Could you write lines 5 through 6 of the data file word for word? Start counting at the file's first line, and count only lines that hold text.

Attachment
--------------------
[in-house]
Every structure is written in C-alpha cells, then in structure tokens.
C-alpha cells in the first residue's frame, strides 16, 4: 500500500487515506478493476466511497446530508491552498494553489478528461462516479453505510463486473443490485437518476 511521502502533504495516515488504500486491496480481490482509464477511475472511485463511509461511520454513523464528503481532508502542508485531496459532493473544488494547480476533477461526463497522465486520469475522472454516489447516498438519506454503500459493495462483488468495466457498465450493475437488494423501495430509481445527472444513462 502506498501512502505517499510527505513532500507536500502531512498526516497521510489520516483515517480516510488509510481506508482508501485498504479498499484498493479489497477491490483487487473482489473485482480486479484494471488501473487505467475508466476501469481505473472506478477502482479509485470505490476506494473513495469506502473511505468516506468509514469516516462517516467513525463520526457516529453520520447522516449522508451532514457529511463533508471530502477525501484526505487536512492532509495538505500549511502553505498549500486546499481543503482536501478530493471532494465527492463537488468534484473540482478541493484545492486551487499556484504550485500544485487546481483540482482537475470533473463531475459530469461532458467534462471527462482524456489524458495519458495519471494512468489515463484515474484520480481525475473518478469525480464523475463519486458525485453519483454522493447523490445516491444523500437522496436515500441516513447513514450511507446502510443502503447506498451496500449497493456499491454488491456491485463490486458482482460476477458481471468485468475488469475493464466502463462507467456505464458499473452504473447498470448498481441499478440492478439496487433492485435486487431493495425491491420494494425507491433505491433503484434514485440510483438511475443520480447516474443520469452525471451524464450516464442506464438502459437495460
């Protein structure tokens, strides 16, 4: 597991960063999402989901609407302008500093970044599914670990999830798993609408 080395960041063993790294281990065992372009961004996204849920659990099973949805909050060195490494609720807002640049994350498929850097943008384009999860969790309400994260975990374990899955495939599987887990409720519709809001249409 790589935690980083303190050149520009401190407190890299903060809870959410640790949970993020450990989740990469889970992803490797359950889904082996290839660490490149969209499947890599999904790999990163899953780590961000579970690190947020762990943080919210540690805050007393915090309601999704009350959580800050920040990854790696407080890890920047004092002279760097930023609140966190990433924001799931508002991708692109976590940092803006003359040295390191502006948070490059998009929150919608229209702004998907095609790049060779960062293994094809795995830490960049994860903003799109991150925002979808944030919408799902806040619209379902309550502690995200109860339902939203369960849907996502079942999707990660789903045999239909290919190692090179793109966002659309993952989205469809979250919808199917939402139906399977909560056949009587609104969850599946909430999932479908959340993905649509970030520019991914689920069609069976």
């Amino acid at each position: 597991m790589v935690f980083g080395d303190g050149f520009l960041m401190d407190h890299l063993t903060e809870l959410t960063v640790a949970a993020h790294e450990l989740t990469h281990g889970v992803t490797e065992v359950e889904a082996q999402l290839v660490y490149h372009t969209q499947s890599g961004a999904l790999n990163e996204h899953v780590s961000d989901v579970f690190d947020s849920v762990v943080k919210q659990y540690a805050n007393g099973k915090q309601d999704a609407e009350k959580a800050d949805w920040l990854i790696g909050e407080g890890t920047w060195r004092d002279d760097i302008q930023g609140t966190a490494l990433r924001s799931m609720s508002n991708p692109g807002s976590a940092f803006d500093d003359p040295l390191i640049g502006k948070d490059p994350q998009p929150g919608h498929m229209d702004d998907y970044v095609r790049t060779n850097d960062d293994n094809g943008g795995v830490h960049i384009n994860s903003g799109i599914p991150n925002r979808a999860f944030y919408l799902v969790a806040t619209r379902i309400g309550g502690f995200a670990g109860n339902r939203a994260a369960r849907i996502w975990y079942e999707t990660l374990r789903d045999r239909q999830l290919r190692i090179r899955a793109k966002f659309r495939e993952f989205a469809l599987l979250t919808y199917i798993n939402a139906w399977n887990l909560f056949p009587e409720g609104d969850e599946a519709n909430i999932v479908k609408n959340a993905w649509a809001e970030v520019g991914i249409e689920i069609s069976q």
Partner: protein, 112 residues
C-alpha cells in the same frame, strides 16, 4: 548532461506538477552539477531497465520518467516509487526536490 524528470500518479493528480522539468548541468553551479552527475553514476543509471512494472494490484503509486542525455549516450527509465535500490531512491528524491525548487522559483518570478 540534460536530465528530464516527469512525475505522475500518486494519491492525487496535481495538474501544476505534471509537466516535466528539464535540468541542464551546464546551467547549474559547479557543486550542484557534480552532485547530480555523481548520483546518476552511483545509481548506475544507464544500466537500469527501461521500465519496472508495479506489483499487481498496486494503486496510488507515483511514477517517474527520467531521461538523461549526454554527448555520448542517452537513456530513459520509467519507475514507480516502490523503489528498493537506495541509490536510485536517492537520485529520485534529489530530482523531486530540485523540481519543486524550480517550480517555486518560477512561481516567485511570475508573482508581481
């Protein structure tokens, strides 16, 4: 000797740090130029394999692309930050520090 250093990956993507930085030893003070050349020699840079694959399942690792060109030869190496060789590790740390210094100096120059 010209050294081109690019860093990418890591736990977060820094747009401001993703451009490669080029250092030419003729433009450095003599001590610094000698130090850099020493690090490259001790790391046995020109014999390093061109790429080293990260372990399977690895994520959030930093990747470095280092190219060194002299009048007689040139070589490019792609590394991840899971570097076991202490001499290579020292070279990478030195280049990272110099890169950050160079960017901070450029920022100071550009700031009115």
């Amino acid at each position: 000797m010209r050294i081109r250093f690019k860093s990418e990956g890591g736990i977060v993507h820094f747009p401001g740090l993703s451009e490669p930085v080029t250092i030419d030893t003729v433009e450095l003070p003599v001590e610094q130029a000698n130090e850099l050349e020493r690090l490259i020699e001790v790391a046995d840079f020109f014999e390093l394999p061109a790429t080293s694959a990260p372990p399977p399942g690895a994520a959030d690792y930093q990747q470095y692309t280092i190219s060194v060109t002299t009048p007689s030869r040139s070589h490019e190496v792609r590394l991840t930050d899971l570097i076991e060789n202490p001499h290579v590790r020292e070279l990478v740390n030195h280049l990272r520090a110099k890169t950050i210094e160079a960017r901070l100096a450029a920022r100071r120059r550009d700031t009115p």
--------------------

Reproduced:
């Amino acid at each position: 597991m790589v935690f980083g080395d303190g050149f520009l960041m401190d407190h890299l063993t903060e809870l959410t960063v640790a949970a993020h790294e450990l989740t990469h281990g889970v992803t490797e065992v359950e889904a082996q999402l290839v660490y490149h372009t969209q499947s890599g961004a999904l790999n990163e996204h899953v780590s961000d989901v579970f690190d947020s849920v762990v943080k919210q659990y540690a805050n007393g099973k915090q309601d999704a609407e009350k959580a800050d949805w920040l990854i790696g909050e407080g890890t920047w060195r004092d002279d760097i302008q930023g609140t966190a490494l990433r924001s799931m609720s508002n991708p692109g807002s976590a940092f803006d500093d003359p040295l390191i640049g502006k948070d490059p994350q998009p929150g919608h498929m229209d702004d998907y970044v095609r790049t060779n850097d960062d293994n094809g943008g795995v830490h960049i384009n994860s903003g799109i599914p991150n925002r979808a999860f944030y919408l799902v969790a806040t619209r379902i309400g309550g502690f995200a670990g109860n339902r939203a994260a369960r849907i996502w975990y079942e999707t990660l374990r789903d045999r239909q999830l290919r190692i090179r899955a793109k966002f659309r495939e993952f989205a469809l599987l979250t919808y199917i798993n939402a139906w399977n887990l909560f056949p009587e409720g609104d969850e599946a519709n909430i999932v479908k609408n959340a993905w649509a809001e970030v520019g991914i249409e689920i069609s069976q």
Partner: protein, 112 residues